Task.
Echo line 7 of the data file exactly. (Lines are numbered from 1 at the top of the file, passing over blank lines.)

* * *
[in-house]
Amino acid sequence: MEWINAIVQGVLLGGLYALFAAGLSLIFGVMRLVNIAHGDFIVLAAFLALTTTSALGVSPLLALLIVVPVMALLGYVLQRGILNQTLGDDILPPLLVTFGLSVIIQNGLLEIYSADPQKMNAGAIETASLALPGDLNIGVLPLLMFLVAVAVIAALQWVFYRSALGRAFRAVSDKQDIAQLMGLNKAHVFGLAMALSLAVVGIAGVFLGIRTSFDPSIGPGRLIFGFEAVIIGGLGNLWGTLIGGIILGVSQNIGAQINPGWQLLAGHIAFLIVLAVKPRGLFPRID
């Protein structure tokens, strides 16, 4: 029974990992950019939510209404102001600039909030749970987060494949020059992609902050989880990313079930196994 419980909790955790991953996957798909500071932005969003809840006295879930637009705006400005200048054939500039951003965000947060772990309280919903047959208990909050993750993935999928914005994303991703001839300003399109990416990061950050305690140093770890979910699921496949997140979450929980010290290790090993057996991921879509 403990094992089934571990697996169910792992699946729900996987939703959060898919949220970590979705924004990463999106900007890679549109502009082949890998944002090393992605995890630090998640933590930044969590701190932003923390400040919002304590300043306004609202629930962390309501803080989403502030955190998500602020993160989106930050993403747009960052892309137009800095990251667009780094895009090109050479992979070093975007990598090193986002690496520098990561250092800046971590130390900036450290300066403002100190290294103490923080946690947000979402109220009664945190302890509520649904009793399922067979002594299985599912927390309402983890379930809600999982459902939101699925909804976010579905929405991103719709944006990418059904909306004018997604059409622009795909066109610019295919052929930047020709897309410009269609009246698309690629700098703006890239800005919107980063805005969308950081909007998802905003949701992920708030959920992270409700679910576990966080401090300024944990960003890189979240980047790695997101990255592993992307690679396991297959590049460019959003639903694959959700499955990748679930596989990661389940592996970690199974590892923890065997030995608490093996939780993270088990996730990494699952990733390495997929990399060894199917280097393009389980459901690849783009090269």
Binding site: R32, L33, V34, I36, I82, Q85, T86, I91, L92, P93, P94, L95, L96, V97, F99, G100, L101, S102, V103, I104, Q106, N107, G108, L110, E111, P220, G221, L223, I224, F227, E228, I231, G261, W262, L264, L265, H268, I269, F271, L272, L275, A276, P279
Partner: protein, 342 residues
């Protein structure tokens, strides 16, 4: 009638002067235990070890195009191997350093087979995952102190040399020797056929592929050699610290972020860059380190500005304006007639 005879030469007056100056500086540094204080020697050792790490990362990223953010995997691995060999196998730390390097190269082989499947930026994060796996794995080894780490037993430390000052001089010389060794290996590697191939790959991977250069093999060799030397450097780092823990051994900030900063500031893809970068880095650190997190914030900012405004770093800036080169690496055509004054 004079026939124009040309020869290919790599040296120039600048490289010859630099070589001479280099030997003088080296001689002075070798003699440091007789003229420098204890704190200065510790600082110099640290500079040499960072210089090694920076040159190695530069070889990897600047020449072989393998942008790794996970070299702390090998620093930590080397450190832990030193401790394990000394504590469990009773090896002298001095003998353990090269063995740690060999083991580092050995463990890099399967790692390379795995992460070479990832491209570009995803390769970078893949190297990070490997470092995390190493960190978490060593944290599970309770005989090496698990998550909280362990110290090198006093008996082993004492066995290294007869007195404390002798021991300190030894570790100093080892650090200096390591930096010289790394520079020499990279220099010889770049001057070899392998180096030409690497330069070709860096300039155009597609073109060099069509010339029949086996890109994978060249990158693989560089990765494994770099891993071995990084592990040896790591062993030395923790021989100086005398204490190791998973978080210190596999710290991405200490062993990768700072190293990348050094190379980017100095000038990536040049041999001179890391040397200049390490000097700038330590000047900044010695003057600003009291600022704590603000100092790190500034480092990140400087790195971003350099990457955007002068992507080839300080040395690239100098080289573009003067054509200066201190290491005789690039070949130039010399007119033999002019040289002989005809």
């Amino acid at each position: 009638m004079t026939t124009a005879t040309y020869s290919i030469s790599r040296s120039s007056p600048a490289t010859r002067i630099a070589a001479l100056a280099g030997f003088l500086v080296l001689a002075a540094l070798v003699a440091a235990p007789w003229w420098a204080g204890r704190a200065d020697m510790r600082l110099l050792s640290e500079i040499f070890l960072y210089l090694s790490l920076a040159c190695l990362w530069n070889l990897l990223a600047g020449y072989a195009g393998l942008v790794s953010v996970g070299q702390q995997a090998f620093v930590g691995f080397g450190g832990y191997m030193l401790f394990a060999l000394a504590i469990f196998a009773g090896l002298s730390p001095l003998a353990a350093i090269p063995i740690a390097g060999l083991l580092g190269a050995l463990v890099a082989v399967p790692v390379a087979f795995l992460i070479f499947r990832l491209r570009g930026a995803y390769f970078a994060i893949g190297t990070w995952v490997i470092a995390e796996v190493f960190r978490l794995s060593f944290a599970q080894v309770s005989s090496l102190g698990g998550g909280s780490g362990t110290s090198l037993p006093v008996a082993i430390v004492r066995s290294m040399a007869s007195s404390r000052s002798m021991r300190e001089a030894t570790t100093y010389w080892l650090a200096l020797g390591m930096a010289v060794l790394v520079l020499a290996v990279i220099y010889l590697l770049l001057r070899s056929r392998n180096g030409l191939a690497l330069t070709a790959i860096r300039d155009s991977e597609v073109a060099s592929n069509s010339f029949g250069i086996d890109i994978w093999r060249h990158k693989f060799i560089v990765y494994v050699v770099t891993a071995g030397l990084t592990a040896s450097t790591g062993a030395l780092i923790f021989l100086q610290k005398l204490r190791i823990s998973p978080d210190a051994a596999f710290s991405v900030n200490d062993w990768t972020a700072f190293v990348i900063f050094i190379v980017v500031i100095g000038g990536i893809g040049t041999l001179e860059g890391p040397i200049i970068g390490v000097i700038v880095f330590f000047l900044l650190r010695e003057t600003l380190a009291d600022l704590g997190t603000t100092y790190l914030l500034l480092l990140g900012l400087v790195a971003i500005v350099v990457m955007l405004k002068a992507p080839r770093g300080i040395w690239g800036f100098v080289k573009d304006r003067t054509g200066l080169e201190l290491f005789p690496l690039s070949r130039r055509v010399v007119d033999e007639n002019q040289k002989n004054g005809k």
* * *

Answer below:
């Amino acid at each position: 009638m004079t026939t124009a005879t040309y020869s290919i030469s790599r040296s120039s007056p600048a490289t010859r002067i630099a070589a001479l100056a280099g030997f003088l500086v080296l001689a002075a540094l070798v003699a440091a235990p007789w003229w420098a204080g204890r704190a200065d020697m510790r600082l110099l050792s640290e500079i040499f070890l960072y210089l090694s790490l920076a040159c190695l990362w530069n070889l990897l990223a600047g020449y072989a195009g393998l942008v790794s953010v996970g070299q702390q995997a090998f620093v930590g691995f080397g450190g832990y191997m030193l401790f394990a060999l000394a504590i469990f196998a009773g090896l002298s730390p001095l003998a353990a350093i090269p063995i740690a390097g060999l083991l580092g190269a050995l463990v890099a082989v399967p790692v390379a087979f795995l992460i070479f499947r990832l491209r570009g930026a995803y390769f970078a994060i893949g190297t990070w995952v490997i470092a995390e796996v190493f960190r978490l794995s060593f944290a599970q080894v309770s005989s090496l102190g698990g998550g909280s780490g362990t110290s090198l037993p006093v008996a082993i430390v004492r066995s290294m040399a007869s007195s404390r000052s002798m021991r300190e001089a030894t570790t100093y010389w080892l650090a200096l020797g390591m930096a010289v060794l790394v520079l020499a290996v990279i220099y010889l590697l770049l001057r070899s056929r392998n180096g030409l191939a690497l330069t070709a790959i860096r300039d155009s991977e597609v073109a060099s592929n069509s010339f029949g250069i086996d890109i994978w093999r060249h990158k693989f060799i560089v990765y494994v050699v770099t891993a071995g030397l990084t592990a040896s450097t790591g062993a030395l780092i923790f021989l100086q610290k005398l204490r190791i823990s998973p978080d210190a051994a596999f710290s991405v900030n200490d062993w990768t972020a700072f190293v990348i900063f050094i190379v980017v500031i100095g000038g990536i893809g040049t041999l001179e860059g890391p040397i200049i970068g390490v000097i700038v880095f330590f000047l900044l650190r010695e003057t600003l380190a009291d600022l704590g997190t603000t100092y790190l914030l500034l480092l990140g900012l400087v790195a971003i500005v350099v990457m955007l405004k002068a992507p080839r770093g300080i040395w690239g800036f100098v080289k573009d304006r003067t054509g200066l080169e201190l290491f005789p690496l690039s070949r130039r055509v010399v007119d033999e007639n002019q040289k002989n004054g005809k």